On March 24, 2015, the Atlanta City Council passed an ordinance “for the purpose of increasing the efficient use of energy within the commercial sector through the requirement of energy benchmarking, benchmarking disclosure, facility retro-commissioning, and facility energy audits of buildings in the City of Atlanta,” which applies to the public and private sectors. The sustainability law requiring tracking and disclosure of energy and water information is the latest effort towards reducing energy consumption citywide by increasing the energy efficiency of existing buildings. Atlanta already has in place green building requirements for public buildings but failed in 2009 to extend those requirements to privately owned and occupied buildings. Although the City’s latest legal move, effective immediately, is not as aggressive as its first effort, it nonetheless is a substantive step toward environmental regulation of existing buildings.

The 2015 law applies to most city owned property exceeding 10,000 gross square feet in total combined floor area, and to all privately held Class C (commercial), E (tax exempt), P (preferential) or V (conservation) (all classifications as defined by the Georgia Department of Revenue) properties that (1) exceed 50,000 gross square feet in total combined floor area, or (2) are held in a condominium form of ownership governed by the same board of directors and that exceed 50,000 gross square feet in total combined floor area. For private properties, the threshold is reduced to 25,000 gross square feet after January 1, 2017. Certain properties are exempted under certain conditions, including where there is no Certificate of Occupancy for the entire calendar year, greater than 50 percent of the tenants are residential, the owner is not responsible for any part of the operations, maintenance or utility costs of base building systems, and hotels. The City will publish a list of all covered properties on the internet.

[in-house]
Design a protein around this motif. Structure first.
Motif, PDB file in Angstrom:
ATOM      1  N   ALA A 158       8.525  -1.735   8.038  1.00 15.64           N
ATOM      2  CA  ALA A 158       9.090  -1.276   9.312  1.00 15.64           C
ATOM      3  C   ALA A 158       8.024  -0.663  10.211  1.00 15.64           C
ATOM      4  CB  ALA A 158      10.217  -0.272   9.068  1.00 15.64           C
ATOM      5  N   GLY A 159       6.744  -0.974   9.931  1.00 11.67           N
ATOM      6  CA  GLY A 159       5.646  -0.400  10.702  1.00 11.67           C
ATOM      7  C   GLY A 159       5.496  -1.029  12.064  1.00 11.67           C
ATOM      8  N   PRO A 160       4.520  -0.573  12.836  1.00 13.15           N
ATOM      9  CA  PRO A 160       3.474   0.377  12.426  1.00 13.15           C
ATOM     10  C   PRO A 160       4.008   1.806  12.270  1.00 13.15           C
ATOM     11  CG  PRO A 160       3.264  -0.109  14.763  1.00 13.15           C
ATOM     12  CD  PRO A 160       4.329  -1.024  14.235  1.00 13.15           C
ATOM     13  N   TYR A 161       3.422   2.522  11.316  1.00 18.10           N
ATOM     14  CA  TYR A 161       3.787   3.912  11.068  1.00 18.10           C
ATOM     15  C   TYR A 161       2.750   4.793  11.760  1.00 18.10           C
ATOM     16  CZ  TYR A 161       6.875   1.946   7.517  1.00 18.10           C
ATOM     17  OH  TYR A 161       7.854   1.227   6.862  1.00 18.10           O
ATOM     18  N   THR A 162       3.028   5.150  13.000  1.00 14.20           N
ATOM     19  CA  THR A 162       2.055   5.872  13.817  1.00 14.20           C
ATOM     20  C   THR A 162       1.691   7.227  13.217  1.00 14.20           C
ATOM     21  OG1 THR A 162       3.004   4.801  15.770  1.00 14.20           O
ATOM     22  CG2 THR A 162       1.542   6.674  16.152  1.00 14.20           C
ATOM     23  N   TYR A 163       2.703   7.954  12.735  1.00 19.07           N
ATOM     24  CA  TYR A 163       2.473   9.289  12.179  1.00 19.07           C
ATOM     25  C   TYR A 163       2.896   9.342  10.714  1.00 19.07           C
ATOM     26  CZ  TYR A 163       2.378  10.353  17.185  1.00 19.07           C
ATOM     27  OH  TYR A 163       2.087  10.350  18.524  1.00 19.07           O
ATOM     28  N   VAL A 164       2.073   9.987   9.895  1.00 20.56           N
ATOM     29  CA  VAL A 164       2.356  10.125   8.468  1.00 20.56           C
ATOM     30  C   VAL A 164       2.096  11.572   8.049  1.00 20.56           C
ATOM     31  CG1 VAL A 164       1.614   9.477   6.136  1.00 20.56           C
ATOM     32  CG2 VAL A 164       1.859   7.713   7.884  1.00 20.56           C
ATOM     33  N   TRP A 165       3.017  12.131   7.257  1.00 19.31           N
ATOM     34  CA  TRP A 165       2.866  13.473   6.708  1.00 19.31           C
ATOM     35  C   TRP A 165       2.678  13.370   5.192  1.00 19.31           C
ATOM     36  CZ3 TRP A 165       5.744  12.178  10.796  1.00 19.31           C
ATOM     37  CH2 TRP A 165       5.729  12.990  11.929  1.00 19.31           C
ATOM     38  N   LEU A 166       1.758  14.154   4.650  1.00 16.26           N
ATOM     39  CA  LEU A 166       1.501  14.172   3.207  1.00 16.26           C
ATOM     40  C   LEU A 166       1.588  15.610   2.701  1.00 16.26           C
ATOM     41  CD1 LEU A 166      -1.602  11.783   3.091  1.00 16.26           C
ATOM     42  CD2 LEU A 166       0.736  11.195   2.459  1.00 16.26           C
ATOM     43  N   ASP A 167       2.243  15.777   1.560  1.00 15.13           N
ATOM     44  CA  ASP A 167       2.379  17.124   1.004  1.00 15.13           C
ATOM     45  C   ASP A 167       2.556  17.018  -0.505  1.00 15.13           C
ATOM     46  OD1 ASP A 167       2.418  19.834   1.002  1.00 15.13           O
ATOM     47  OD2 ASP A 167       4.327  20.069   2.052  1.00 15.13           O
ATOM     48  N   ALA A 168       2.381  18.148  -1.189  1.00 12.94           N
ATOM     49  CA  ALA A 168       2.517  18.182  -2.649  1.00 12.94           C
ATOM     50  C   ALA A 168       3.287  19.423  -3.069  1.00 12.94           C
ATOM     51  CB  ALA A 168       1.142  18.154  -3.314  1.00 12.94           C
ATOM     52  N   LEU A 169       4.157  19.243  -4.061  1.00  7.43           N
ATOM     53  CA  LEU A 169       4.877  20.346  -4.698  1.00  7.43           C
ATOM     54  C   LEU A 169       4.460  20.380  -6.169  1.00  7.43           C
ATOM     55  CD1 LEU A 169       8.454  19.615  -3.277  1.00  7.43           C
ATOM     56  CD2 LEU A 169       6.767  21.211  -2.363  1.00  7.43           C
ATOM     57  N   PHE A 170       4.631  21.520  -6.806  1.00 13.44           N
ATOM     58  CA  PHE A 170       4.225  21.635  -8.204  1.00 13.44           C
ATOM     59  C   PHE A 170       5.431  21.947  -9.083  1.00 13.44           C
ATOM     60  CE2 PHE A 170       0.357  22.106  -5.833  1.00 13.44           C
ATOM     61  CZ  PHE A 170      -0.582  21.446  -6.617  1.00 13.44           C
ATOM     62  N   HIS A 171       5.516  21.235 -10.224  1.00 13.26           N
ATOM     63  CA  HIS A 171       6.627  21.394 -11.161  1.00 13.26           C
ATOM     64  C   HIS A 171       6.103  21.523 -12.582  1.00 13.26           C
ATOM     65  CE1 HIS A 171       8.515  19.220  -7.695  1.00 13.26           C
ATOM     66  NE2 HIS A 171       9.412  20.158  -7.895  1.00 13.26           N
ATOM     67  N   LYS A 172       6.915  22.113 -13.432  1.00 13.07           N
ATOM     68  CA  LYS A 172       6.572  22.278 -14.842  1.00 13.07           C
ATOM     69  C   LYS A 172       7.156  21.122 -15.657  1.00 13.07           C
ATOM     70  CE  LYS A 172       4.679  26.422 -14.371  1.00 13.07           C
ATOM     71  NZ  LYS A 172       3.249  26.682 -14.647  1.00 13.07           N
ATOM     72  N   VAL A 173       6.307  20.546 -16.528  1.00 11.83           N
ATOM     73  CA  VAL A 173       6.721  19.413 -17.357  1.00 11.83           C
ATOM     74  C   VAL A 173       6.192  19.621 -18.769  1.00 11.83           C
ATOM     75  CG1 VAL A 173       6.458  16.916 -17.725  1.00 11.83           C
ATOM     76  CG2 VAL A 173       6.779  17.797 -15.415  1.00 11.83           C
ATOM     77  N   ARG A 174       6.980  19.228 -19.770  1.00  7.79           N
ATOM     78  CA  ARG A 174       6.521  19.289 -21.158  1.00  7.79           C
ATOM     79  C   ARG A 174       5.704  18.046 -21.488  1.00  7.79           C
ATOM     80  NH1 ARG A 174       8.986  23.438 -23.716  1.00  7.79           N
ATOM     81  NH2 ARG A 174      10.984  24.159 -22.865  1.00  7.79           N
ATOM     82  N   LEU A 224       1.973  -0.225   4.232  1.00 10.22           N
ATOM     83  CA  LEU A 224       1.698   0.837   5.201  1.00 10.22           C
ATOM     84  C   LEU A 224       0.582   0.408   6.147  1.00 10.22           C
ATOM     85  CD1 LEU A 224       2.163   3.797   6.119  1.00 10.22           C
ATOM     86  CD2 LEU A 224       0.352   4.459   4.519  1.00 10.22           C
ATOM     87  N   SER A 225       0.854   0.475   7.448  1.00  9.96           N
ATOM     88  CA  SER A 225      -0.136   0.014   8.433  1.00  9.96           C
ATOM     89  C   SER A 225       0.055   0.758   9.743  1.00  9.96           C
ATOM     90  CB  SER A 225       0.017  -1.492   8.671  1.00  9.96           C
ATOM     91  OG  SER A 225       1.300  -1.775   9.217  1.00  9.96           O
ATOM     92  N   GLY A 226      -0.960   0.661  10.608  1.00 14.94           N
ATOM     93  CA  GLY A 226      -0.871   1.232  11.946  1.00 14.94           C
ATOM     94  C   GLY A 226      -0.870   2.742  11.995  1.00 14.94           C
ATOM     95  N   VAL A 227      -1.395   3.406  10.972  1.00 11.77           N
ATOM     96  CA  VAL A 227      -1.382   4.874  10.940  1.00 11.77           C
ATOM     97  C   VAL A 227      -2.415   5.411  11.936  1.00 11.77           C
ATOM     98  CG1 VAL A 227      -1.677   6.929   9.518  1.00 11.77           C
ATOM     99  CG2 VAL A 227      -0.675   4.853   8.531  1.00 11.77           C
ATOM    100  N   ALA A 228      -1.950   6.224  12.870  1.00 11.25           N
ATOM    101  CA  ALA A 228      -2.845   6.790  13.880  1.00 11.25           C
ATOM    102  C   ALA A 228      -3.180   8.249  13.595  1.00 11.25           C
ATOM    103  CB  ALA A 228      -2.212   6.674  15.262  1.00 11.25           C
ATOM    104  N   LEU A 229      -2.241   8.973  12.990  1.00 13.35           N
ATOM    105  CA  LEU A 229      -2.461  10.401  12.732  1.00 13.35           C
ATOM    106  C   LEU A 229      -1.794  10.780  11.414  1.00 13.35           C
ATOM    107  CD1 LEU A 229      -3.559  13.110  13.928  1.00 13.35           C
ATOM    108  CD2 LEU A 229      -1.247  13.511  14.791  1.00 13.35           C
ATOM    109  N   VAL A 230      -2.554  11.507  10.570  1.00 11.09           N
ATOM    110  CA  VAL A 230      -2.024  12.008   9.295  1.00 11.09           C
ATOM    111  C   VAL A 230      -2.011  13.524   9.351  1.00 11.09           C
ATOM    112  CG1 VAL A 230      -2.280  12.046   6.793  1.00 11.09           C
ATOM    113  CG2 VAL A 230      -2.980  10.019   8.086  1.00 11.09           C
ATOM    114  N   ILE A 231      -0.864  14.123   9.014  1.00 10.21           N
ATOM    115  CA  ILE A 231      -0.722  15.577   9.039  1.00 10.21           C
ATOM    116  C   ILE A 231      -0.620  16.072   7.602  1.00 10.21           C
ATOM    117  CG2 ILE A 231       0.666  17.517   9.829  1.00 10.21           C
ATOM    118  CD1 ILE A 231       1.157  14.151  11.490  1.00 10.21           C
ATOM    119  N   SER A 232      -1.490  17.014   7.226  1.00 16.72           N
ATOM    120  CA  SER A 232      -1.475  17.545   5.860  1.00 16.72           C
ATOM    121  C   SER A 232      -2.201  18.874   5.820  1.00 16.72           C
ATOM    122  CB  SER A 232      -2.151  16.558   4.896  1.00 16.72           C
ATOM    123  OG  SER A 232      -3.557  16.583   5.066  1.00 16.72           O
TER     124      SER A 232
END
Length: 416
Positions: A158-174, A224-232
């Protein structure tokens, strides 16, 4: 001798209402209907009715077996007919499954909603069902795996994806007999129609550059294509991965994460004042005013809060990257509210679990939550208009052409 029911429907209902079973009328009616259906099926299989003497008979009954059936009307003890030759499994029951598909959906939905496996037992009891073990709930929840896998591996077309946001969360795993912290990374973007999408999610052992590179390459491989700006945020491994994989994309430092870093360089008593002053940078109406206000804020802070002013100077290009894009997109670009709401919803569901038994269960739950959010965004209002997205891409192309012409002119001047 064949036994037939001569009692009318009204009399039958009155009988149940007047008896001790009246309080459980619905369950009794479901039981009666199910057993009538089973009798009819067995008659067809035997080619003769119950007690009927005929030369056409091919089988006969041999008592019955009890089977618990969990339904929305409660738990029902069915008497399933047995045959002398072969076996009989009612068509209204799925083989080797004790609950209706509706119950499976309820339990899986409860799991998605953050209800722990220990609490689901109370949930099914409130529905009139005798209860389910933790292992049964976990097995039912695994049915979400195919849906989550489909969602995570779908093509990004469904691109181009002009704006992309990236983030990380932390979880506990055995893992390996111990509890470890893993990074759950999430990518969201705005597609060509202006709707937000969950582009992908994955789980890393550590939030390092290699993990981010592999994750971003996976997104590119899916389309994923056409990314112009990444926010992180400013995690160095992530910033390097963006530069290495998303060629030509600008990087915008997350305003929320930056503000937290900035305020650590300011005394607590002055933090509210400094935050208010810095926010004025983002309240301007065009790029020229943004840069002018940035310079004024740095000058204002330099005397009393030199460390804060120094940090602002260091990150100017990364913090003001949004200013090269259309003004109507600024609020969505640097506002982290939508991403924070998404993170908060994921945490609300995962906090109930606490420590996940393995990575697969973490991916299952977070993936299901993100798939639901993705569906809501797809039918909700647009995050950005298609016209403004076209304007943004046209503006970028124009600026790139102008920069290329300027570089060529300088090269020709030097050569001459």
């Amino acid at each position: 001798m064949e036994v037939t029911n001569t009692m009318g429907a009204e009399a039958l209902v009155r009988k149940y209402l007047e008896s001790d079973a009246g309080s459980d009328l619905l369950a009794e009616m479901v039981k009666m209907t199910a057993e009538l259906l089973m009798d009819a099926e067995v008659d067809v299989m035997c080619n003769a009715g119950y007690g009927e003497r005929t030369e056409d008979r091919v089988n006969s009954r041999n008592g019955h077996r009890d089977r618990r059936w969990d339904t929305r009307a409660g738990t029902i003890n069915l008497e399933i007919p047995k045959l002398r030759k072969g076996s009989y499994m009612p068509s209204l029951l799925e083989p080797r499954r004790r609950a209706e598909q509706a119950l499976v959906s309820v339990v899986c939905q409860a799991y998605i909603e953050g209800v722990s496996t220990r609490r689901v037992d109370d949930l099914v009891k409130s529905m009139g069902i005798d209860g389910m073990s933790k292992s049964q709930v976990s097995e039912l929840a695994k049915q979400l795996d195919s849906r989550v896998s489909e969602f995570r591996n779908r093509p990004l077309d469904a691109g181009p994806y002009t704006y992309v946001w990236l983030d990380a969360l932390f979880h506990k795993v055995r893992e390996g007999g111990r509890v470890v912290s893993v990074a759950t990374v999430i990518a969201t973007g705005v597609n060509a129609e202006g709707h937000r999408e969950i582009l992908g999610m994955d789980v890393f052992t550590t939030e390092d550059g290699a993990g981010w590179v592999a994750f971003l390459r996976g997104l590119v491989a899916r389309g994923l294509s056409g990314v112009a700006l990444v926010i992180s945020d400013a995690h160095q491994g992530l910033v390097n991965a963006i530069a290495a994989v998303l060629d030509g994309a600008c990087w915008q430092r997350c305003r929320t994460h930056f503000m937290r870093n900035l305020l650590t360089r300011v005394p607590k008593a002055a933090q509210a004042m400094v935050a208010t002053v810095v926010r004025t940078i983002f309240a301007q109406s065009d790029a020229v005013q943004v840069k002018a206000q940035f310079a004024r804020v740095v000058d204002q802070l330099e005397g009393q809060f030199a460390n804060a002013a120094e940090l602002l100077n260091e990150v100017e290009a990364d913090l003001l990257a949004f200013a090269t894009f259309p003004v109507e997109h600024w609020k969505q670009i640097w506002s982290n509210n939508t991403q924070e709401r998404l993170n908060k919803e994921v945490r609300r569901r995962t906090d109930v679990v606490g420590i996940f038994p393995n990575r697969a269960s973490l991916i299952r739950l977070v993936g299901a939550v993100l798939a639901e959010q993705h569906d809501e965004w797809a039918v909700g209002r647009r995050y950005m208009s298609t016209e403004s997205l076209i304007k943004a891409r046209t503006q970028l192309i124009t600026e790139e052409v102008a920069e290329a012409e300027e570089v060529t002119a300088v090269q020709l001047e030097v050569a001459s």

The new sustainability law imposes benchmarking, disclosure and audit obligations on an “Owner”, defined to include:

  1. Fee Title Owner; 
  2. Triple Net Lessee that is the Single Tenant; 
  3. Net Lessee with a 49 year or more term lease; 
  4. Condominium Board of Directors; 
  5. Cooperative Apartment Corporation Board of Directors; or 
  6. An Agent authorized by any of the above. 

No later than June 22, 2015, and every June 1 thereafter, Owners of all covered properties must track total energy and water consumption, including separately metered uses that are not integral to building operations, as well as output information such as greenhouse gas emissions, for the previous calendar year. If the Owner is not able to obtain whole-property data, the Owner must still complete the benchmarking using alternate values established by the City. (Note, however, that the ordinance also requires nonresidential tenants to provide such information upon request.) The results must be submitted to the City who will make them publically available.

Every 10 years, Owners of covered properties must perform an audit of energy and water use on the base building systems and file a summary report with the City. The audit shall include an analysis of “all reasonable measures, including capital improvements, that would, if implemented, reduce energy and water use and/or the cost of operating the building.” Under certain conditions, hotels and properties that have received EPA Energy Star certifications or other environmental rankings are exempt.

Owners are required to maintain energy and water records for three years. The City reserves the right to require filing and review fees for submittals, but none are imposed initially. Retro-commissioning, a process to identify and correct building system problems to maximize building performance, are optional.